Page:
Author(s): StraussAyali D, Baneth G, Jaffe CL
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Abstract Dogs are the main reservoir host for zoonotic visceral leishmaniasis caused by Leishmania infantum. In this study we investigated the immune response in spleens of L. infantum-infected dogs by measuring the mRNA expression levels for a wide panel of cytokines, transcription factors and chemokines. mRNA levels and parasite load were followed during 7 months of experimental infection and 14 months post-treatment, and were compared to naturally-infected (NI) dogs. Similarly, serum anti-Leishmania IgG and IgG subclass levels were measured during experimental infection. An increase in IFN-gamma, T-bet, IP-10 and RANTES was found in the experimentally and NI dogs, implicating a substantial type-1 immune response during canine visceral leishmaniasis. IL-4, a type-2 associated cytokine, increased as early as one month after experimental infection, while IL-5 was high at later stages. Interestingly, the expression levels of the Treg-associated cytokines, IL-10 and TGF-beta, did not change during the infection. Total anti-Leishmania IgG and IgG subclasses increased during the experimental infection. However, no association with specific cytokine patterns was observed. Parasite load in the spleens increased as early as one month post-infection and remained high until treatment. The load was higher in the polysymptomatic NI dogs than in the experimentally-infected dogs. This study indicates that both type-1 and type-2 immune responses occur in the spleen during canine L. infantum infection, and suggests that the early elevation of IL-4 might have a role in the persistence of parasites in the presence of high IFN-gamma expression.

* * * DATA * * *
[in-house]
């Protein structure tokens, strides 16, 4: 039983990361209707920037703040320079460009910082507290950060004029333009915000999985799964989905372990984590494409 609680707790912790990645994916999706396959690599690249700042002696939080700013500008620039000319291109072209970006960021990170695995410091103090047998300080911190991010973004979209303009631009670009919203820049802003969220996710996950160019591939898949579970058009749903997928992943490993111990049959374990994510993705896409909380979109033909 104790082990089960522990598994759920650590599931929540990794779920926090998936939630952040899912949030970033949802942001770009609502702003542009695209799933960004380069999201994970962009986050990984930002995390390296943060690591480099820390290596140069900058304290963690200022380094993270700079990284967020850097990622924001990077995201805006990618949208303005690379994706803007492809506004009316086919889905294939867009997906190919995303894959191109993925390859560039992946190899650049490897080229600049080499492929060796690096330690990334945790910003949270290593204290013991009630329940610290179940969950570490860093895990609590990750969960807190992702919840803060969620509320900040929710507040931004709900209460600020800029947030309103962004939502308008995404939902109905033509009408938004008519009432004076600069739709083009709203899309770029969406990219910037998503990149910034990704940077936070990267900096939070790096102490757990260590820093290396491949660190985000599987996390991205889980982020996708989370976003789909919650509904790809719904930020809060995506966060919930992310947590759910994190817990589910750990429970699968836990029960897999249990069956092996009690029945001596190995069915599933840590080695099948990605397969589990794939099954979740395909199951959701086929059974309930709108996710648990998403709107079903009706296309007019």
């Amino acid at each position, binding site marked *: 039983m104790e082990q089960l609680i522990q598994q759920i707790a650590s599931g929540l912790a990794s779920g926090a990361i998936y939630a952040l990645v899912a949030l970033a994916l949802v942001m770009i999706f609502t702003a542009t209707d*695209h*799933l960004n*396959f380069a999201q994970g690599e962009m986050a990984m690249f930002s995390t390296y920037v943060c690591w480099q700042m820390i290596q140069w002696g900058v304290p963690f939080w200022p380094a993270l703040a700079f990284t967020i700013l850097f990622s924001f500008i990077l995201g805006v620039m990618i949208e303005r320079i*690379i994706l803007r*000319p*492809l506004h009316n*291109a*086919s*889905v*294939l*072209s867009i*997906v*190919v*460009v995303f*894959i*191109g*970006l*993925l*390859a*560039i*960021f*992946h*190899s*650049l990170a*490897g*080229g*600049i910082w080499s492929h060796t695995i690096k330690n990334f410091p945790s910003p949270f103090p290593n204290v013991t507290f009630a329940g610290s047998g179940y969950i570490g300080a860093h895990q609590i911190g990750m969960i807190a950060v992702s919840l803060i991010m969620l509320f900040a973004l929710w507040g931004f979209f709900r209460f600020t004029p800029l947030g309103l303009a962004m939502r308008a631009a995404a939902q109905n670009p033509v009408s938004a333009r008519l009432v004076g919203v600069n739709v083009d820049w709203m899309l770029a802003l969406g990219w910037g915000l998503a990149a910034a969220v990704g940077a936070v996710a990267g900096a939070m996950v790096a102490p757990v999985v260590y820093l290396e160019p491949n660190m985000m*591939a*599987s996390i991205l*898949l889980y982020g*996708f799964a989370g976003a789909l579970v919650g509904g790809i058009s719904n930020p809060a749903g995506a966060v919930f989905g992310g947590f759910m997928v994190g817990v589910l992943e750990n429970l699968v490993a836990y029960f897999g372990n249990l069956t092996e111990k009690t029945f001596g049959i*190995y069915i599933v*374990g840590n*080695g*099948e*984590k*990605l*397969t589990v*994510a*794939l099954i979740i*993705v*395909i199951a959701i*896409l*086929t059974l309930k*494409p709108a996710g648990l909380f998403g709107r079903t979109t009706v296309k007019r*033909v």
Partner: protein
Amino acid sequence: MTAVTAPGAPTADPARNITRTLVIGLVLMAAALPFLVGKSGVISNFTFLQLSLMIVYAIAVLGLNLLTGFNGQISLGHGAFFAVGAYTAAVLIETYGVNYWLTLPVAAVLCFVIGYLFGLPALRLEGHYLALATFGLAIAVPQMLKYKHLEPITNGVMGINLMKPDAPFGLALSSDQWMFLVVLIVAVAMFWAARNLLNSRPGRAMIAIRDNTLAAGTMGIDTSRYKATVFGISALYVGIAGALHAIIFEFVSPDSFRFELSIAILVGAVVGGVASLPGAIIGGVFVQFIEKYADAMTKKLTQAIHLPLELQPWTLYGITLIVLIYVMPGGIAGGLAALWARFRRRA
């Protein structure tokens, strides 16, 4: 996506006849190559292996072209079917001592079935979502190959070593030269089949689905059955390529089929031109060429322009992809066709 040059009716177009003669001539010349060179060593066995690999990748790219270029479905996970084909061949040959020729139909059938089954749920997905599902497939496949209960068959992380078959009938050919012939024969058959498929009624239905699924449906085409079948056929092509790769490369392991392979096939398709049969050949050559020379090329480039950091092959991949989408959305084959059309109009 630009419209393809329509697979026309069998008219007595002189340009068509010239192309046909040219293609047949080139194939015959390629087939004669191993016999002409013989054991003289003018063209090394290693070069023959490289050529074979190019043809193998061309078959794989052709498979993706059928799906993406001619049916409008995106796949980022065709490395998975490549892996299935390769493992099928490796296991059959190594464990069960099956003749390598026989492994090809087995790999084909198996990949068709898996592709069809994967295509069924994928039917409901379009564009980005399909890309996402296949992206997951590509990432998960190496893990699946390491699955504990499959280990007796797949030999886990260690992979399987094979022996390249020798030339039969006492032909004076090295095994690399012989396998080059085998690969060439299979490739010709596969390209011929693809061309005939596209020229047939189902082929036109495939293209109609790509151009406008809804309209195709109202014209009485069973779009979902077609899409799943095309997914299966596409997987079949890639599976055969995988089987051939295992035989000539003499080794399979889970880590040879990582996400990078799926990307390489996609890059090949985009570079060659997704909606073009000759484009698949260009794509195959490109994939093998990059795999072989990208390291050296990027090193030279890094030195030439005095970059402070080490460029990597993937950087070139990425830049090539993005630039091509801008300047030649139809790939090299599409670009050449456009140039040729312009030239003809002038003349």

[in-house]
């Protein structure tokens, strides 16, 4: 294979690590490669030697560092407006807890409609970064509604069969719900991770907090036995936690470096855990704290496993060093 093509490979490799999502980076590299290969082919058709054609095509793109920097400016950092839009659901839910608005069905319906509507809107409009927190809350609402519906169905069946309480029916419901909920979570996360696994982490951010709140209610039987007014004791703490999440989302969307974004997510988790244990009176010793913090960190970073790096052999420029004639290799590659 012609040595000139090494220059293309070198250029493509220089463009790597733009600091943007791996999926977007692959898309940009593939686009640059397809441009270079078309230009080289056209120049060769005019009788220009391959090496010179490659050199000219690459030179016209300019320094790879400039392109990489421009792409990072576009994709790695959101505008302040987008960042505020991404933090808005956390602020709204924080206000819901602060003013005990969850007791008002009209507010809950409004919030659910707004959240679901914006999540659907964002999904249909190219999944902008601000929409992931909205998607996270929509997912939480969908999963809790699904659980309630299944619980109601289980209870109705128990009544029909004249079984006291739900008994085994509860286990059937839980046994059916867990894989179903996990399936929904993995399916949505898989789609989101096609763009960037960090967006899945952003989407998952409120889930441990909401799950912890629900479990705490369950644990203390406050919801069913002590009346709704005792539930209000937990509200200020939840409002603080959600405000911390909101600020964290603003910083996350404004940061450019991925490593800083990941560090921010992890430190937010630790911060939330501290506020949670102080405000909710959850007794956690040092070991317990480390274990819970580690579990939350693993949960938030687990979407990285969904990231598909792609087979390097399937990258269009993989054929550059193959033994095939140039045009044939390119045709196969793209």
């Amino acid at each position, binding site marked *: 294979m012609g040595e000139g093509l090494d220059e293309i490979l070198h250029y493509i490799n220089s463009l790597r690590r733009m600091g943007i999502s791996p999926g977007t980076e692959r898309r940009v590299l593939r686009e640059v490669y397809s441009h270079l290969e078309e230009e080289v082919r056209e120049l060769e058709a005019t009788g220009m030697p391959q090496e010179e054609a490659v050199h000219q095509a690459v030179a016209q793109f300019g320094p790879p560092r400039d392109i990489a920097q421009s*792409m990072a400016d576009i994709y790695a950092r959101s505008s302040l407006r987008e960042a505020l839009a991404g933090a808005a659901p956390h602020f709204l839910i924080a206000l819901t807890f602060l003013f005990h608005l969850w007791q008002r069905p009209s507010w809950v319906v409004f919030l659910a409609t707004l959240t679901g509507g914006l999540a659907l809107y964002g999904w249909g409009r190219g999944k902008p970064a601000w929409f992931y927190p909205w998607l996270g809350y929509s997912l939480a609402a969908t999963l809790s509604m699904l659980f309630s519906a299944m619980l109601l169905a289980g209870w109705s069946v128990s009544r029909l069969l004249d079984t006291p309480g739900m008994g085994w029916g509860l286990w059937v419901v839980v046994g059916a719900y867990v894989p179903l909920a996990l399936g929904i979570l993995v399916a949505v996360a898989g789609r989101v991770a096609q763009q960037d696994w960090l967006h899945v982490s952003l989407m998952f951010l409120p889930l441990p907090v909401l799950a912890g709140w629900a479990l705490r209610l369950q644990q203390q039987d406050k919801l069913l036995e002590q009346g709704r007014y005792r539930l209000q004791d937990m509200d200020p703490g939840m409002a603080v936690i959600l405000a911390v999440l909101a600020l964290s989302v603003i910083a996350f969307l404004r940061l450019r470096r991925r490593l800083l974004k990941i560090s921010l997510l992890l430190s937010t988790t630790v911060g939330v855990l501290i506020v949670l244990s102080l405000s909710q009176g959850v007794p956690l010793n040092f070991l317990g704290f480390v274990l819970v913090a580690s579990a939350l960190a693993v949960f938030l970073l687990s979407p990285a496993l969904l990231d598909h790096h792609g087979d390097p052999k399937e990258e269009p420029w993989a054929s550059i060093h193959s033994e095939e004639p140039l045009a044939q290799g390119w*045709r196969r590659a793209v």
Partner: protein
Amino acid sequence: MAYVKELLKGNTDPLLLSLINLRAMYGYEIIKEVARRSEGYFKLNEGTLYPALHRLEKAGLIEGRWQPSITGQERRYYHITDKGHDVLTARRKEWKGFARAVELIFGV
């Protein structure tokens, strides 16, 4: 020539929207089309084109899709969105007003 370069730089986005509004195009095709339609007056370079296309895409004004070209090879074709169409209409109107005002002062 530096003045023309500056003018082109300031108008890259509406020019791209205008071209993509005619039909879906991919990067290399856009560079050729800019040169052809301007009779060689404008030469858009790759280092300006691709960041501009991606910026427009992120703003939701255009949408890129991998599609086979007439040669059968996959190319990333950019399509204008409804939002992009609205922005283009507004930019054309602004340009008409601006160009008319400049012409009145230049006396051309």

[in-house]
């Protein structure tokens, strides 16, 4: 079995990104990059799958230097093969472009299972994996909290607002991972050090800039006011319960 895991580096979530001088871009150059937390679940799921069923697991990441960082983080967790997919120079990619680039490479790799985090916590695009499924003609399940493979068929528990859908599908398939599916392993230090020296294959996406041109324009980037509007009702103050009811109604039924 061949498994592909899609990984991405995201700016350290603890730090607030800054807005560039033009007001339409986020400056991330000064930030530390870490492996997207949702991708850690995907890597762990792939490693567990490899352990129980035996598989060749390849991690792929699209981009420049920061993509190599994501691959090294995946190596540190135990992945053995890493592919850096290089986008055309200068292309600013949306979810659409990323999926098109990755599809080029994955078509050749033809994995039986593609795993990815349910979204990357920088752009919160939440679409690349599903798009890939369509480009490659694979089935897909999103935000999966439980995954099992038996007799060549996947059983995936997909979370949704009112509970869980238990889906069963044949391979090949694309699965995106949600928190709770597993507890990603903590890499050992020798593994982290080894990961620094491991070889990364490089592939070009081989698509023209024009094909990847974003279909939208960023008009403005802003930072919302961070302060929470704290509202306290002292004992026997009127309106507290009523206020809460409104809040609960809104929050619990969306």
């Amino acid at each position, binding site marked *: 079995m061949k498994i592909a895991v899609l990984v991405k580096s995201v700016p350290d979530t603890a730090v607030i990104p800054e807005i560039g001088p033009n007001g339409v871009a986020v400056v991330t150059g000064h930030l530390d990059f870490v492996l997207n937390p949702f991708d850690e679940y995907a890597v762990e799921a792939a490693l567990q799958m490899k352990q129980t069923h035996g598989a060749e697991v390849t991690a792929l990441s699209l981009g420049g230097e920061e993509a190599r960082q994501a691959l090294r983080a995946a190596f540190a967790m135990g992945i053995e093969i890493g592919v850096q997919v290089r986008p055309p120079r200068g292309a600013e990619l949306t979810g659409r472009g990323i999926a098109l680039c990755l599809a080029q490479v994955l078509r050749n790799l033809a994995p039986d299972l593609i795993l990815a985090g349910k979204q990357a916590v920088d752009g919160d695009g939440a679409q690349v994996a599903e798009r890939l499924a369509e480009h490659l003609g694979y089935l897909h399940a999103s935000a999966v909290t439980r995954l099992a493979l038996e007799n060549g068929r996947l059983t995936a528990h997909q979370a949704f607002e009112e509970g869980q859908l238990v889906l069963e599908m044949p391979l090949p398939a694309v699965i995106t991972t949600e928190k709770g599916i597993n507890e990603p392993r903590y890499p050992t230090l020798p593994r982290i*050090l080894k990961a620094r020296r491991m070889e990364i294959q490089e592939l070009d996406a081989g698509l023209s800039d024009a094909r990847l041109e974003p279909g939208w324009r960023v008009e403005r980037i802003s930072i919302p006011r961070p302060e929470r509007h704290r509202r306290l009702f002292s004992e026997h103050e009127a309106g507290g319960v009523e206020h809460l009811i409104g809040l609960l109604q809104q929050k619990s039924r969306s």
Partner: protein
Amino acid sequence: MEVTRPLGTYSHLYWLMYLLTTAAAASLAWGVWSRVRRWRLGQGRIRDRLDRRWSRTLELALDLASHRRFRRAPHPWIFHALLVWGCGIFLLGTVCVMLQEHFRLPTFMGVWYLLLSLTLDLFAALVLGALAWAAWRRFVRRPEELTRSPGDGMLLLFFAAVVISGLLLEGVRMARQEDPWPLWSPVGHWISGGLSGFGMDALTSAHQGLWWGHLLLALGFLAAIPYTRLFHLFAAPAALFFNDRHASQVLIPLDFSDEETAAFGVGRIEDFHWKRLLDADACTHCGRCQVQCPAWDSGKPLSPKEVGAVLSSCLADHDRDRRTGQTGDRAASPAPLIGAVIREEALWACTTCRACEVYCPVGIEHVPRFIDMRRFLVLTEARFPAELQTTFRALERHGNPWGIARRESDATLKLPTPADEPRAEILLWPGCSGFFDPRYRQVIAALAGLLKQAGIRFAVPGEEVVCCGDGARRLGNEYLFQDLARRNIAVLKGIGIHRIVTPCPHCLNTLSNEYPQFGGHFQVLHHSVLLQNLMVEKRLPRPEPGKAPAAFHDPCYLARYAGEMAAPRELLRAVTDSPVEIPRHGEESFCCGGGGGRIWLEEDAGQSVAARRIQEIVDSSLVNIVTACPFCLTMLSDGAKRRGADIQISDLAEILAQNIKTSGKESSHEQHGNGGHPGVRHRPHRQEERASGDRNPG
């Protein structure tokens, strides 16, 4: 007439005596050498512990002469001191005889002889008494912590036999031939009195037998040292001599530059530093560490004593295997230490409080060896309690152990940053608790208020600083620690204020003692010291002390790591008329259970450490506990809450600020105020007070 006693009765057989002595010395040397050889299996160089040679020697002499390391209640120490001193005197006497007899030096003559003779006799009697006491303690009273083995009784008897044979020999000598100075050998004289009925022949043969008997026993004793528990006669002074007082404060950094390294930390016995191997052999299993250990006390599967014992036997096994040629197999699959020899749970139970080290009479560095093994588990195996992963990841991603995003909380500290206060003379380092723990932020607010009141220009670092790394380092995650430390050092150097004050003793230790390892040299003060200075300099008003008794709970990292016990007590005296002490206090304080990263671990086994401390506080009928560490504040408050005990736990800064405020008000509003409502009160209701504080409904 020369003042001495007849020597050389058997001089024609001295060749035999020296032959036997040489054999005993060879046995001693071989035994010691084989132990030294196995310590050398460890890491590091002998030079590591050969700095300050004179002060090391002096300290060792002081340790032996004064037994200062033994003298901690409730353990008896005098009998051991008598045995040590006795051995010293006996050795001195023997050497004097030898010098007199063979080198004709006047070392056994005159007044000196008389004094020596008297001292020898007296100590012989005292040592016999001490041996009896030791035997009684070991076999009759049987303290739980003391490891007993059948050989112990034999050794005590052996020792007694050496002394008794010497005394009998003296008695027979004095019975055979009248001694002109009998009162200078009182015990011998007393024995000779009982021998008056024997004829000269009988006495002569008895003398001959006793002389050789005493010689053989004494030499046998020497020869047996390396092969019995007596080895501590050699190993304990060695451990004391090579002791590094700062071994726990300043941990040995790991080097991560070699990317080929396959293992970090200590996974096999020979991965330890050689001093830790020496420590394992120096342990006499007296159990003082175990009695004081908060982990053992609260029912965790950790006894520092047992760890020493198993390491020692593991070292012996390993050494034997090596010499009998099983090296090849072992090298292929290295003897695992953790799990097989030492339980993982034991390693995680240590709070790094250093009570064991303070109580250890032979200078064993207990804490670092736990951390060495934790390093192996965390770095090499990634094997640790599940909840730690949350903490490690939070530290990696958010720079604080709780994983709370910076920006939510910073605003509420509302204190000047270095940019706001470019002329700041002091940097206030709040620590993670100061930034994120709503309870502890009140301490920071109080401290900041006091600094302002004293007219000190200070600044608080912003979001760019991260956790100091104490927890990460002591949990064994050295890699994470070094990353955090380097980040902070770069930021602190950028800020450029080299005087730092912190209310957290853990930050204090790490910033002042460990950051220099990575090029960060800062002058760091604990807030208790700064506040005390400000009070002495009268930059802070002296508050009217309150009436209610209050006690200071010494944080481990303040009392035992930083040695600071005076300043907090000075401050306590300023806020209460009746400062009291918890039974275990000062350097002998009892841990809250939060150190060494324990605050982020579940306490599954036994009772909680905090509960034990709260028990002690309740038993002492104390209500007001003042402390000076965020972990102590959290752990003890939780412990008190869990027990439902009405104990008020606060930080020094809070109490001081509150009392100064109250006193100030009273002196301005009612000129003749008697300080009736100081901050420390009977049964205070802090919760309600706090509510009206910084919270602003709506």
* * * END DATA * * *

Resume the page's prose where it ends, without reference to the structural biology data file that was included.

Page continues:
This article was published in Vet Res
and referenced in Journal of Vaccines & Vaccination